Monthly Report Archive




Lake Cle Elum

Lake Cle Elum from Google Earth

 Lake Cle Elum Shore

Lake Cle Elum Shoreline

Lake Cle Elum 02

A View of Lake Cle Elum from the Road

 Overheated creeks dangerous for salmon populations

from the Yakima Herald-Republic By Kate Prengaman

August 25, 2014

CLE ELUM, Wash. — Walking along the North Fork of the Teanaway River, it’s easy to see its waters sparkling in the sunshine.

It may look like a healthy forest creek, but the state actually considers it a polluted waterway because of a surprising culprit: heat.

Salmon and steelhead prefer cold waters and too much heat can kill them, so finding a way to keep creeks cool is a top priority for scientists working to rebuild the Yakima Basin populations.

“You can have great habitat, but if the water is too warm, you are still going to have sick salmonids,” said Jane Creech, an environmental specialist with the state Department of Ecology. “If we really want to bring salmon back to spawn in the upper reaches, if we want the fry and smolts to rear, the water has to be colder.”

Creech just wrote a proposal for reducing the heat pollution in most of the Yakima River Basin’s upper tributaries in Kittitas County.

Although it may sounds strange, under the federal Clean Water Act, states have to monitor heat pollution the same way they watch for factory wastewater or farm runoff and fix problems if they are found.

“If the water is too hot, it makes the fish sick, so it’s a real pollutant, but it is different because it comes from the sun’s rays,” Creech said.

Water naturally warms as it flows downstream from the frigid headwaters and snowmelt high in the Cascades, but roads, logging and clearing for development or agriculture can expose streams to too much sunlight.

The solutions, Creech said, include planting more bushes and trees for shade, increasing water flow, restoring creeks to a more natural state and preventing erosion from roads that slough sediment into the water.

A similar plan was written for the Teanaway River watershed in 2002 and it spurred projects designed to cool the river’s water.

The new plan is based on a decade of temperature research in the region’s creeks showing that many tributaries can get too warm in the summer to provide healthy habitat for young salmon.

Each fish species has its own ideal temperature range, said Eric Anderson, a fish biologist with the state Department of Fish and Wildlife.

“If the water is persistently high for a long time, they can become stressed and growth rates can suffer and they can die,” Anderson said.

Anderson said it’s a problem more commonly associated with the lower Yakima River in the summer, when young salmon have to swim through a “gauntlet” of warm water that stresses them out and cope with predatory fish better adapted to the warm conditions.

Steps to deal with warm water in the lower Yakima River have included keeping more water flowing and reducing the amount of water returning from shallow irrigation ditches where it warmed in the sun.

“But, as more growth and development occurs in the upper watershed, more trees and riparian vegetation being taken away from the banks, there is a big concern over elevated water temperatures,” Anderson said.

The upper tributaries are critical habitat for spawning and rearing. Eggs and very young fish are more at risk to warming temperatures because they can’t move, or move as far, in search of more suitable conditions.

Water that’s too warm also carries less oxygen and can negatively effect the rest of the stream ecosystem, including the insects salmon eat, Anderson added.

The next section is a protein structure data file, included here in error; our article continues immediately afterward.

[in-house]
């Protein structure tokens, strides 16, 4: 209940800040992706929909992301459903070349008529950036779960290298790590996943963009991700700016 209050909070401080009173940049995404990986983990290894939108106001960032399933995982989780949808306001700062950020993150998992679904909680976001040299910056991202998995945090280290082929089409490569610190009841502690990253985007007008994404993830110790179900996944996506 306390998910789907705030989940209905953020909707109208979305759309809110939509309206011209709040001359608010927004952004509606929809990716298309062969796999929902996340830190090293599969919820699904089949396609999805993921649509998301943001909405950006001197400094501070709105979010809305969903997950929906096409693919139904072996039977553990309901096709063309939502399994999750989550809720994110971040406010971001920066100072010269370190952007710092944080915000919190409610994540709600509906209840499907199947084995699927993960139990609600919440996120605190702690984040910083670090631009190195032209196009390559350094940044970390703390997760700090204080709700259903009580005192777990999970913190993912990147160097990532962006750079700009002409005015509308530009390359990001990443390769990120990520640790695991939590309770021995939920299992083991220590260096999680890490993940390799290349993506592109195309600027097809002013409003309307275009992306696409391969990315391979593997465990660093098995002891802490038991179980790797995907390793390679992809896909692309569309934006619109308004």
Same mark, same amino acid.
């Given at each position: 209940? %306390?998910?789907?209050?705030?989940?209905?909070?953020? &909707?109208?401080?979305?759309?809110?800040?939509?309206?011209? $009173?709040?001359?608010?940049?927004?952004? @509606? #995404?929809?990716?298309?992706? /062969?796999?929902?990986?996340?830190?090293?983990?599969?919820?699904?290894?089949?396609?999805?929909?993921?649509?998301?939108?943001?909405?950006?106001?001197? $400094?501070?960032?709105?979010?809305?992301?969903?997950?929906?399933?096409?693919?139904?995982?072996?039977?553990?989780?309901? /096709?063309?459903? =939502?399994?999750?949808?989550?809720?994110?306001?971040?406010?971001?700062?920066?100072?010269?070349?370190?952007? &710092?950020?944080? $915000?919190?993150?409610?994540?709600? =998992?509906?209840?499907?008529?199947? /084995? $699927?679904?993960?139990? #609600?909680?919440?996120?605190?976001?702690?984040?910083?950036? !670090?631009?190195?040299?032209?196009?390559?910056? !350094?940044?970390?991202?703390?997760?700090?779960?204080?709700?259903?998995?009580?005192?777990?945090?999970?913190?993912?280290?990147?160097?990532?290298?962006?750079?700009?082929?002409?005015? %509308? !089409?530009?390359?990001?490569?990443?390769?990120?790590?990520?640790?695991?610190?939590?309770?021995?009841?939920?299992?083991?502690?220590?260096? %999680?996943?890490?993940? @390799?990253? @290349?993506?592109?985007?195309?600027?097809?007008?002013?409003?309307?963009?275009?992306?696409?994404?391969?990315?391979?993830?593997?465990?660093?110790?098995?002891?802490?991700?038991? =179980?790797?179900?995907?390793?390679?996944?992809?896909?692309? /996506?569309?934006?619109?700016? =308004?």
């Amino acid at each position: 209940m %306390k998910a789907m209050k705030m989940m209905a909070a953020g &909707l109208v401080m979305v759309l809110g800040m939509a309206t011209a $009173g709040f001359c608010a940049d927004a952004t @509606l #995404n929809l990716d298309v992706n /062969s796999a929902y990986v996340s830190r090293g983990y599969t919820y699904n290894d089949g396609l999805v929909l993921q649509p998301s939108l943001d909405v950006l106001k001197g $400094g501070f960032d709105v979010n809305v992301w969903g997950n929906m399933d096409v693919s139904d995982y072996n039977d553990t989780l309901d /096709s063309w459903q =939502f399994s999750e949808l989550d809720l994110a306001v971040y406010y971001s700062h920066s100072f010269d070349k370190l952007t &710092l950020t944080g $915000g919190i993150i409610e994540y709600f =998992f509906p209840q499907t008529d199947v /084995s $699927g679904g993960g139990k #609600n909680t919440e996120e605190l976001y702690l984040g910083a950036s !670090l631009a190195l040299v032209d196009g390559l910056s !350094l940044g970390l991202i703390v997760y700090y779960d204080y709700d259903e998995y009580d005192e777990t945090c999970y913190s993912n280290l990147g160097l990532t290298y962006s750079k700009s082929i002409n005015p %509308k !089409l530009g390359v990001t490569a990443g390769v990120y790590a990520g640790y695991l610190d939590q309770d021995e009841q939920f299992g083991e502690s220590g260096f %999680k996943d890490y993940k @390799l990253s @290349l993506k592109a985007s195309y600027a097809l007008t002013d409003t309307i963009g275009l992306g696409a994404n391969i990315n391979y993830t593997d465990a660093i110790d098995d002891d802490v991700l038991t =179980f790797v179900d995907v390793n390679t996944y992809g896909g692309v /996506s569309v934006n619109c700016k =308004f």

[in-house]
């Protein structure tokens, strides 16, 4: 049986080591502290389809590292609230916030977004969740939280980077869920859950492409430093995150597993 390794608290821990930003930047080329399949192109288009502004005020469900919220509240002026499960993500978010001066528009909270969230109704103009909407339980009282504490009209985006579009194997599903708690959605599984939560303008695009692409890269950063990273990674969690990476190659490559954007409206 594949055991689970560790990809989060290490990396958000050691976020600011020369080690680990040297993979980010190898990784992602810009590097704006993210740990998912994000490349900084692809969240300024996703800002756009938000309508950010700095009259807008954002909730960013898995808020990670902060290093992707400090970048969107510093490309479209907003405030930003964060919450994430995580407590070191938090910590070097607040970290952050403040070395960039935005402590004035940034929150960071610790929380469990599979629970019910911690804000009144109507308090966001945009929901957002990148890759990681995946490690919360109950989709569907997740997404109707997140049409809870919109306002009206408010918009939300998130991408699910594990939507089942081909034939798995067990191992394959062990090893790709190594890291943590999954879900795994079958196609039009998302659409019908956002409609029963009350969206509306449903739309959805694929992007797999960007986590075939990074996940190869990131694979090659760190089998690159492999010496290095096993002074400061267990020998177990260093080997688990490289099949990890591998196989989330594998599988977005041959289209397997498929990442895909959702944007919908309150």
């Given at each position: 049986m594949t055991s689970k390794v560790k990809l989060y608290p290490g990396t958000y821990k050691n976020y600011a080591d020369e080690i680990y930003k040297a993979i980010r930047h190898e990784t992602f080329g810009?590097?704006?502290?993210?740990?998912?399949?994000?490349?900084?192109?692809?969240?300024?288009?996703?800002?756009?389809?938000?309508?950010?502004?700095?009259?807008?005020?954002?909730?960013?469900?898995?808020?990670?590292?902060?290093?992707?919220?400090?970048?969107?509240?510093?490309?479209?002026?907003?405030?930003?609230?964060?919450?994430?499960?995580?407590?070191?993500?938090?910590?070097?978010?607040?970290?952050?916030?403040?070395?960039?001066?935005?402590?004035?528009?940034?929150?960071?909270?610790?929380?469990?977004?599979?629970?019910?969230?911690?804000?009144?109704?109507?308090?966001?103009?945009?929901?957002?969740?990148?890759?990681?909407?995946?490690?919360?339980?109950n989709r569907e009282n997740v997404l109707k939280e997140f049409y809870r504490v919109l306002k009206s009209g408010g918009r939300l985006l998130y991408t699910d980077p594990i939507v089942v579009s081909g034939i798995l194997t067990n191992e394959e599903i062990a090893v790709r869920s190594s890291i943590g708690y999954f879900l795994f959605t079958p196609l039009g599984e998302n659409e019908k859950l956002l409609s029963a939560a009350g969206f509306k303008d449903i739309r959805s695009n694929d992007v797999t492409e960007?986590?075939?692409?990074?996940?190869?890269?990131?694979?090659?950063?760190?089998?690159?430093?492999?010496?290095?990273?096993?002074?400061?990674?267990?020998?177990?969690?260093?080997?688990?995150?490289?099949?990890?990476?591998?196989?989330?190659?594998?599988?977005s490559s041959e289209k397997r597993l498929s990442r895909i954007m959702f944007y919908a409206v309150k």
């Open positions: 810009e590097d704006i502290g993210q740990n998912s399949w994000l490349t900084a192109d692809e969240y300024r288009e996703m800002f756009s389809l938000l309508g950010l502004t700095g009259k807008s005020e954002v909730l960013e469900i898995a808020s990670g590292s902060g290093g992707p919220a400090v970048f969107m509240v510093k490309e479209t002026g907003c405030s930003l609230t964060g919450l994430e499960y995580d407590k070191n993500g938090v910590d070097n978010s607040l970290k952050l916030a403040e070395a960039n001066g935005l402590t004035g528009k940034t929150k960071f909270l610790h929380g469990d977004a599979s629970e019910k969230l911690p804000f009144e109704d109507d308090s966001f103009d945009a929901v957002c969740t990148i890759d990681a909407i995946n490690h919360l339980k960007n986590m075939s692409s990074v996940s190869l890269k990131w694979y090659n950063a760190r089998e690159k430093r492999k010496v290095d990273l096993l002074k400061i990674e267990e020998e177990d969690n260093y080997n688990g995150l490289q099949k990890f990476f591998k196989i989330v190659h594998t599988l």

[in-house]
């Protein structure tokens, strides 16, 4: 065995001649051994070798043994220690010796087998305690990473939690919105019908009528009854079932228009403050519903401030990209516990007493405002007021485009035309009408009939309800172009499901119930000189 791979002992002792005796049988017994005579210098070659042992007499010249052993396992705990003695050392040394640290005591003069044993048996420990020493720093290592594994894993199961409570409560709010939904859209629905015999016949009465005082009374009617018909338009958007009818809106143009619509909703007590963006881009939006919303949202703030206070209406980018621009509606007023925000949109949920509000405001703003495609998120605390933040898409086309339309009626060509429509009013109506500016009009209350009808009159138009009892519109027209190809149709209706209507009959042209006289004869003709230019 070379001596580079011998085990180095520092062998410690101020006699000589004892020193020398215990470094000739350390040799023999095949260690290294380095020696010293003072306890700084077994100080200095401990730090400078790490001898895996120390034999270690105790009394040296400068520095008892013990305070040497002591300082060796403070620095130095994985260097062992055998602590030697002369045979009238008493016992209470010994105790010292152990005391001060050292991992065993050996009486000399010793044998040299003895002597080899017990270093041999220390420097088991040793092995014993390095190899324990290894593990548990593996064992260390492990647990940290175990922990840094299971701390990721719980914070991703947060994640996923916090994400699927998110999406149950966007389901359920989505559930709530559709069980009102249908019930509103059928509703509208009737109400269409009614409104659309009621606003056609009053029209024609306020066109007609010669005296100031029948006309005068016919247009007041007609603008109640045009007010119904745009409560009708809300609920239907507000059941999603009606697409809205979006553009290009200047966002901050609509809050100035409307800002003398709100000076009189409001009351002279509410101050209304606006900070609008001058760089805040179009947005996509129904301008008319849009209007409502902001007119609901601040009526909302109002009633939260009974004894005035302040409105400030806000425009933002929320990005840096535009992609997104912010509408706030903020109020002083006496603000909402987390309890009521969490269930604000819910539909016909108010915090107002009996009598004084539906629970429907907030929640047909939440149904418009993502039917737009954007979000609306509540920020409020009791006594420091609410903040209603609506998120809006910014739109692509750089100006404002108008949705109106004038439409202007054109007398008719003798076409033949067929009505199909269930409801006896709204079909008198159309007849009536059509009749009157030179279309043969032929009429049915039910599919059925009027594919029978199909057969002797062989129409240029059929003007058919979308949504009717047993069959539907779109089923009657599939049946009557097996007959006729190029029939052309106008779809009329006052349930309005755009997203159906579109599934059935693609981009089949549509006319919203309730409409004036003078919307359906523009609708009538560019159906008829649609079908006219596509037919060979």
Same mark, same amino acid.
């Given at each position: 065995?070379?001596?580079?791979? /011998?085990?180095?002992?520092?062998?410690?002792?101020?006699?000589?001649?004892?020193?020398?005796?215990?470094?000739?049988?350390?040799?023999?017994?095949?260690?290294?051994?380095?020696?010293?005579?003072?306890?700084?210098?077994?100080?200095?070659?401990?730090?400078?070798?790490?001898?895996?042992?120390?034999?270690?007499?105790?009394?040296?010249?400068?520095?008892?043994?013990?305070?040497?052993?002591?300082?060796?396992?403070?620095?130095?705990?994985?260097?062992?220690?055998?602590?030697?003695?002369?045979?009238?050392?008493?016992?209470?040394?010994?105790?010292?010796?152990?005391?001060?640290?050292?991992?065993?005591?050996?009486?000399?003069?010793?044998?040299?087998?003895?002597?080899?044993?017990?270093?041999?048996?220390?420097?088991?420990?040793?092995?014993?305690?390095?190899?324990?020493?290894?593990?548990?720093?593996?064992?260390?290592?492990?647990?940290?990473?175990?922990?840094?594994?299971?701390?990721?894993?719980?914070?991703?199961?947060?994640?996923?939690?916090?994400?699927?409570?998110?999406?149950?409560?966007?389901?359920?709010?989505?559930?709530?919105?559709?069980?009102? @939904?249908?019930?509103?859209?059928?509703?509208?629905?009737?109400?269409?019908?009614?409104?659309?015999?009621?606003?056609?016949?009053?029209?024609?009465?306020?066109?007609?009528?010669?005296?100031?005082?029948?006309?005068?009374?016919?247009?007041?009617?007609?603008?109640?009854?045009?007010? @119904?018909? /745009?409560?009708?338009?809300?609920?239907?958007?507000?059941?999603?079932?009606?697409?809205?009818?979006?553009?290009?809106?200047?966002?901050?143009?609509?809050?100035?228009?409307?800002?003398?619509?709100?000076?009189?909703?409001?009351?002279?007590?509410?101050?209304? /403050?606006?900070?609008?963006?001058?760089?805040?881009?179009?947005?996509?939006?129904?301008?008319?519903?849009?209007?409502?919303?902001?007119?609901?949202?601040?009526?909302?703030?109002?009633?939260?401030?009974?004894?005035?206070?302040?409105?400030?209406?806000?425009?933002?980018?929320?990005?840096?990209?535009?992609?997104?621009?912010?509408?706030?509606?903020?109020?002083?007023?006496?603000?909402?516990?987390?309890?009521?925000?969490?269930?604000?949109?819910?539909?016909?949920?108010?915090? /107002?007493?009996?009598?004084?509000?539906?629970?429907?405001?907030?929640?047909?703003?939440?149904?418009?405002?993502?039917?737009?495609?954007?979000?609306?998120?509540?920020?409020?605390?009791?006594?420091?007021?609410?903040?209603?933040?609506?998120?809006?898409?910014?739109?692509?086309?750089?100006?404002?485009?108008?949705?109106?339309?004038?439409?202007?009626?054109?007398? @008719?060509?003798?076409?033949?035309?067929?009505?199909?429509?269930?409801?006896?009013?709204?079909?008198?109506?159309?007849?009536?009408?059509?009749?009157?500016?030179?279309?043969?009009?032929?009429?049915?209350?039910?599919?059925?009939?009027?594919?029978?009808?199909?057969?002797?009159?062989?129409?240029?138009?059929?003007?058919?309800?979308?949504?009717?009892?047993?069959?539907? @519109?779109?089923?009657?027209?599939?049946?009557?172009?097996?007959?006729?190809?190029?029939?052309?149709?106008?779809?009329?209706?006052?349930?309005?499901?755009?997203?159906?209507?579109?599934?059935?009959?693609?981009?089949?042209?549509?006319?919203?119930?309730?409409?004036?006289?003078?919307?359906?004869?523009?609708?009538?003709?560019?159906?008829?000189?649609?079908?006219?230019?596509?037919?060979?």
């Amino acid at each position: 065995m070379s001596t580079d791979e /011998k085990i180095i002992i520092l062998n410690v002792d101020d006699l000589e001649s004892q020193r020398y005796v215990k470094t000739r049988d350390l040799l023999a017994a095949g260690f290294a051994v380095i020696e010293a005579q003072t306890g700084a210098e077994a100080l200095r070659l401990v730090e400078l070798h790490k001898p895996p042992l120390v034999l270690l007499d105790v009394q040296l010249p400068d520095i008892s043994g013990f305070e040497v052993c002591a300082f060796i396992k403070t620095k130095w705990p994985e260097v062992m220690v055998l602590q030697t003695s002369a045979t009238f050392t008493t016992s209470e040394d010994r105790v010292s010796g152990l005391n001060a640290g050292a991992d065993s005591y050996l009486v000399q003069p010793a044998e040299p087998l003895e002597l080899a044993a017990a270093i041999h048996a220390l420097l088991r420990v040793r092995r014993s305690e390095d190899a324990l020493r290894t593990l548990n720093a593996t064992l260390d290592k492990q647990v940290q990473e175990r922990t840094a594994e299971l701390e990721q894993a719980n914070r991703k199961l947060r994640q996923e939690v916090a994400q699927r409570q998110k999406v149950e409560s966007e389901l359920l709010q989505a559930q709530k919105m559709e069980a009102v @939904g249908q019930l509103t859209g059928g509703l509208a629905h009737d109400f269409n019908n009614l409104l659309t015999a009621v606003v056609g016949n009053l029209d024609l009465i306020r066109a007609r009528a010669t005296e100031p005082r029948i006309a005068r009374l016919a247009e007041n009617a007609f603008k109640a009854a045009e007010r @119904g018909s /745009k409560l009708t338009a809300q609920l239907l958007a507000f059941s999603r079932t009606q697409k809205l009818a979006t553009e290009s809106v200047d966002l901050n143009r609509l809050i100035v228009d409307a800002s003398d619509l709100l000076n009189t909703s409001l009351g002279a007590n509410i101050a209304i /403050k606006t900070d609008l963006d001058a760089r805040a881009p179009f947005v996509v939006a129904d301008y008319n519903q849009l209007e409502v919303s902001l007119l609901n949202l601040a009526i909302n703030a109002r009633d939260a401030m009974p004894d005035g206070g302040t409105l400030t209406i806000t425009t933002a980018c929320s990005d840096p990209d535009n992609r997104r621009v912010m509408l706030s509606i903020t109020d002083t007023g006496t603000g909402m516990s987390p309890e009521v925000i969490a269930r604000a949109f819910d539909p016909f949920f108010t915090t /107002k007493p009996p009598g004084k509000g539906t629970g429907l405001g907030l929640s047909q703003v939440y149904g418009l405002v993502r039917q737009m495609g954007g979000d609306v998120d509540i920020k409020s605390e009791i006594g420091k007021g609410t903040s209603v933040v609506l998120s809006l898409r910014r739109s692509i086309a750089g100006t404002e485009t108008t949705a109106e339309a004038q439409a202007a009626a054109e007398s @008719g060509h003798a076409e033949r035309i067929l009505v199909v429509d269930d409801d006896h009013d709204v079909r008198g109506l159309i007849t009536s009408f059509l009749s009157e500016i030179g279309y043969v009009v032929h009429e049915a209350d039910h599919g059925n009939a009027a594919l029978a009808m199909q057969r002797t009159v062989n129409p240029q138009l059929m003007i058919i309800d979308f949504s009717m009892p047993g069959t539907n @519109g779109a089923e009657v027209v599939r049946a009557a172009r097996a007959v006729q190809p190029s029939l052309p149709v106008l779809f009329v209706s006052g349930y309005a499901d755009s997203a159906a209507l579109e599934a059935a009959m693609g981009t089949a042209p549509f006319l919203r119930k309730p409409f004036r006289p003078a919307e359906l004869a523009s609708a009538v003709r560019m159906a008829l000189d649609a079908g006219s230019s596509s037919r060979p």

The Ecology Department’s plan covers largely forested land managed by private, state and federal owners. Temperature pollution is also a problem in the creeks that crisscross the farmland around Ellensburg, but Creech said because those landscapes are so different, Ecology decided to address them separately.

The largest forest landowner is the U.S. Forest Service and Cle Elum Ranger District hydrologist Bill Ehinger said that they have been monitoring water temperatures for years and trying to improve problem areas whenever funding allows.

Ecology’s plan won’t directly impact the federally managed forest, but it will help conservation groups working in the forest to secure grant money for restoration projects, he added.

“It’s good to have a clean up plan because our watershed has such a complex fabric of land ownerships and practices,” Ehinger said. “It brings everybody together on where the problems are and how we can improve them where we can.”

But, he cautioned that the problems, and therefore the solutions, are more complicated than they initially appear. Some creeks are naturally warmer, others are cooled downstream when groundwater seeps to the surface. Unlike a chemical pollutant, hot weather or a dry summer can temporarily raise temperatures too.

“It’s a very complex subject. … We’re trying to understand how to manage for the coldest water for the salmonids that we can,” Ehinger said.

The importance of shade plants to keep creeks cool is obvious, but Forest Service fish biologist Richard Vacirca said eroding roads may be an even bigger problem across the Okanogan-Wenatchee National Forest.

Water can move faster on dirt roads than natural surfaces, so it has more power behind it to erode roads and stream banks, Vacirca said. That carries extra sediment into the streams.

“Looking at aerial photos, we can see rivers downstream have a tough time moving all that sediment, so it widens the river and the water gets shallower and it exposes water to more sunlight,” Vacirca said.

After the Teanaway River plan was approved in 2002, road work was performed to reduce erosion. Volunteers planted native riparian vegetation along the stream and farmers installed more efficient irrigation systems, leaving more water flowing in the river.